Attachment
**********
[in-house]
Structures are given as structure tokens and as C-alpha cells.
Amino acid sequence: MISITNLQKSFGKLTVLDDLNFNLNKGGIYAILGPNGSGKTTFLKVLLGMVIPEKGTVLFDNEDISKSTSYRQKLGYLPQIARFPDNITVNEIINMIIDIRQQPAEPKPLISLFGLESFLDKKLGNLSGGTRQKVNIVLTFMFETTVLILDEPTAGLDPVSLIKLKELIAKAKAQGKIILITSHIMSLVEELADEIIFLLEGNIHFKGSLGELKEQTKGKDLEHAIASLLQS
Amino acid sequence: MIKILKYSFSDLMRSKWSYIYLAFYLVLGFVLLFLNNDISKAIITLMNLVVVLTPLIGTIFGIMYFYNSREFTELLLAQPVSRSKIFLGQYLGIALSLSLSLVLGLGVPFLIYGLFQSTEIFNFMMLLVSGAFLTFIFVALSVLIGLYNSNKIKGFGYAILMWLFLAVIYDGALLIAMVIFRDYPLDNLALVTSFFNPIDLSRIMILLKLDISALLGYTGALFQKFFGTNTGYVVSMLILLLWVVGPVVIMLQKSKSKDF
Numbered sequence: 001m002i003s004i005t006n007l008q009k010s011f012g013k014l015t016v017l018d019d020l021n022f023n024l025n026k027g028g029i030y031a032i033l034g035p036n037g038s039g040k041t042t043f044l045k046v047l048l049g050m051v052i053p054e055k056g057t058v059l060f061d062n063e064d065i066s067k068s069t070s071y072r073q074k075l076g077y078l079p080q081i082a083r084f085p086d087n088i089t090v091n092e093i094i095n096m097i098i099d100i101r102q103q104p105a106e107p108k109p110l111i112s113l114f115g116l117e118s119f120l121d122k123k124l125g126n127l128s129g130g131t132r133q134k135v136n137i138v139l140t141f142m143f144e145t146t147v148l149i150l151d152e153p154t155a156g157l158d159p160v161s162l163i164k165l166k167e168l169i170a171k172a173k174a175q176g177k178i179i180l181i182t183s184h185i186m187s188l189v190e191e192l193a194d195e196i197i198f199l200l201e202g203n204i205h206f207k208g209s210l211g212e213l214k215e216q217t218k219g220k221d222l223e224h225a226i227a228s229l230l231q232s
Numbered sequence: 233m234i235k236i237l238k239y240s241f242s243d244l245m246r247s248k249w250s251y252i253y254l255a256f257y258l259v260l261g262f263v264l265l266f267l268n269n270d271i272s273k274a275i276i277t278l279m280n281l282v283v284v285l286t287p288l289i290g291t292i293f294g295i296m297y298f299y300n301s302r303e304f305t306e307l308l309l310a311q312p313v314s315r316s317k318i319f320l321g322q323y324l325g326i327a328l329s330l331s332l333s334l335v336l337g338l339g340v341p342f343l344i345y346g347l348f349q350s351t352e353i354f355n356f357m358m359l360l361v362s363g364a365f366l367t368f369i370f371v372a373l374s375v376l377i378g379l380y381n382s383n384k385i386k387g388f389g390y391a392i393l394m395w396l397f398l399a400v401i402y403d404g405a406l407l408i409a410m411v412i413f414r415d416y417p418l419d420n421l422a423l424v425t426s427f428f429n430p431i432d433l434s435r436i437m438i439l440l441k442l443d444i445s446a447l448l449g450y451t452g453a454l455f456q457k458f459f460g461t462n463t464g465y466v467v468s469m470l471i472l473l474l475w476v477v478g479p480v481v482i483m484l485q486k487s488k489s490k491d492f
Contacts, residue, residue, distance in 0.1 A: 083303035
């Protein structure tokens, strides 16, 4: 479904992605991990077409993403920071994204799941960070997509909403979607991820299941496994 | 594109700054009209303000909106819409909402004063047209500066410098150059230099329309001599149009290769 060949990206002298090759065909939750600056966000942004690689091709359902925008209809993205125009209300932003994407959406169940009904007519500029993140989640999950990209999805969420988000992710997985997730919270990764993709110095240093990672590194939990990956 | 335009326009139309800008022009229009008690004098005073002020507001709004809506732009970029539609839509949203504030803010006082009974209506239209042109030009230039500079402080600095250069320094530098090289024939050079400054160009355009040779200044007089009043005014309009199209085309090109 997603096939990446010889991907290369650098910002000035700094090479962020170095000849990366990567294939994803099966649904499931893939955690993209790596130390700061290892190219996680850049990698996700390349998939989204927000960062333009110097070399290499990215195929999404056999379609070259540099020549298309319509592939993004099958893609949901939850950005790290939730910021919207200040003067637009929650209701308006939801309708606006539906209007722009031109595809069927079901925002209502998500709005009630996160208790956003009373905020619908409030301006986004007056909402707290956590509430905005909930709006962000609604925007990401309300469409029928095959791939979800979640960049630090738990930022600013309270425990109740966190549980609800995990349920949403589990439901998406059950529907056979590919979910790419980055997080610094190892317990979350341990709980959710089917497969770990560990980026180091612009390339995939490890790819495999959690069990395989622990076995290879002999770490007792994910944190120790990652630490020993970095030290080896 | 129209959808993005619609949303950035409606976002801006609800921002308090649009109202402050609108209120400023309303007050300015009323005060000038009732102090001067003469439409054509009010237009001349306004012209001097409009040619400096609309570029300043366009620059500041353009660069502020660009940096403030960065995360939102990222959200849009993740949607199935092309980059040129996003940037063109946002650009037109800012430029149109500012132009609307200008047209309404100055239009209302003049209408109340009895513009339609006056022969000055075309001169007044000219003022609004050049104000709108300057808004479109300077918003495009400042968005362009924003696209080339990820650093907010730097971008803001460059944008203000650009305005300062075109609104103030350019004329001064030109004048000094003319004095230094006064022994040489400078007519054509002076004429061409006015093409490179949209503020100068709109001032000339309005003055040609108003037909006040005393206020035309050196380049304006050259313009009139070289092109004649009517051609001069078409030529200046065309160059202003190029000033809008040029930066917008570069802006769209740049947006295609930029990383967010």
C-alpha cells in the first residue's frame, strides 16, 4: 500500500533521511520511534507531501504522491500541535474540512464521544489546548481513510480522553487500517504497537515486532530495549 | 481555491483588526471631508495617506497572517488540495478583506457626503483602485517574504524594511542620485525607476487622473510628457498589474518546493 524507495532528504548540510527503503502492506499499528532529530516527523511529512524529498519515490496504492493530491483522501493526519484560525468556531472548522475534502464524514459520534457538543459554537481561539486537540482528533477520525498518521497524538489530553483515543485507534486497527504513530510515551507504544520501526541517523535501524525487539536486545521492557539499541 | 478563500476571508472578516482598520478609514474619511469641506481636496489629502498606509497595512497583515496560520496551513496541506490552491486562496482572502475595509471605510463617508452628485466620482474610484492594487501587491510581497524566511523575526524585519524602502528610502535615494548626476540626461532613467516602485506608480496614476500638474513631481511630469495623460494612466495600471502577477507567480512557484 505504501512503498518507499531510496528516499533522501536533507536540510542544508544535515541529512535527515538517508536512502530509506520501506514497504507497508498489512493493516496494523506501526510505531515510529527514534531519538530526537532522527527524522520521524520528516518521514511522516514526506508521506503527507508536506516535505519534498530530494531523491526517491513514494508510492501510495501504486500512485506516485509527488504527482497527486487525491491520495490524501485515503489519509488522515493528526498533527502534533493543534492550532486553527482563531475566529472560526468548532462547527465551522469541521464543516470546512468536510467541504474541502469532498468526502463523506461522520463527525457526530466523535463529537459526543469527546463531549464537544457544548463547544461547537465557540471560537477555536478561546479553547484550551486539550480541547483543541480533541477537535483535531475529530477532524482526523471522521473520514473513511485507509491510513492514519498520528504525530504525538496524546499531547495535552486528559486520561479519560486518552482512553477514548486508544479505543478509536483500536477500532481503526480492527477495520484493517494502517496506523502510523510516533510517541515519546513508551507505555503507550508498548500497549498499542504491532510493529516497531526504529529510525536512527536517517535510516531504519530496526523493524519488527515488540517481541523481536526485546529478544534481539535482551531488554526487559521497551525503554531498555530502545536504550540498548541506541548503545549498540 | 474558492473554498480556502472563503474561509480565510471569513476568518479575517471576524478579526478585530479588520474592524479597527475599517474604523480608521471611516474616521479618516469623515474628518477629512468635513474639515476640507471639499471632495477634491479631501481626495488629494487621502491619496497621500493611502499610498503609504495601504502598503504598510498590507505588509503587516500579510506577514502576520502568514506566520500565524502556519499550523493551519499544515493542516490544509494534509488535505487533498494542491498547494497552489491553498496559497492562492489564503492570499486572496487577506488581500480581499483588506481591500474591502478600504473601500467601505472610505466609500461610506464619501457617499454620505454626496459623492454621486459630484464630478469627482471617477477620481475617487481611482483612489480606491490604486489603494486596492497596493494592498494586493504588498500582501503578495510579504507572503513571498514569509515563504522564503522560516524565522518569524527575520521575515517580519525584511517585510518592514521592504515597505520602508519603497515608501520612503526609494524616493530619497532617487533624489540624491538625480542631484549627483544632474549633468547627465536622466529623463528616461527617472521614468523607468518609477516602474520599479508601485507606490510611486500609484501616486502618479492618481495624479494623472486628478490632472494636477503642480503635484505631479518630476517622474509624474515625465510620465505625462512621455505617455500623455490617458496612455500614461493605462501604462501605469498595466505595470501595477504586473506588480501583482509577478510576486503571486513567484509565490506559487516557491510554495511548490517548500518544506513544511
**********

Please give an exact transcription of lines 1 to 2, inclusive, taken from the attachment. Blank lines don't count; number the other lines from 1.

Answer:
[in-house]
Structures are given as structure tokens and as C-alpha cells.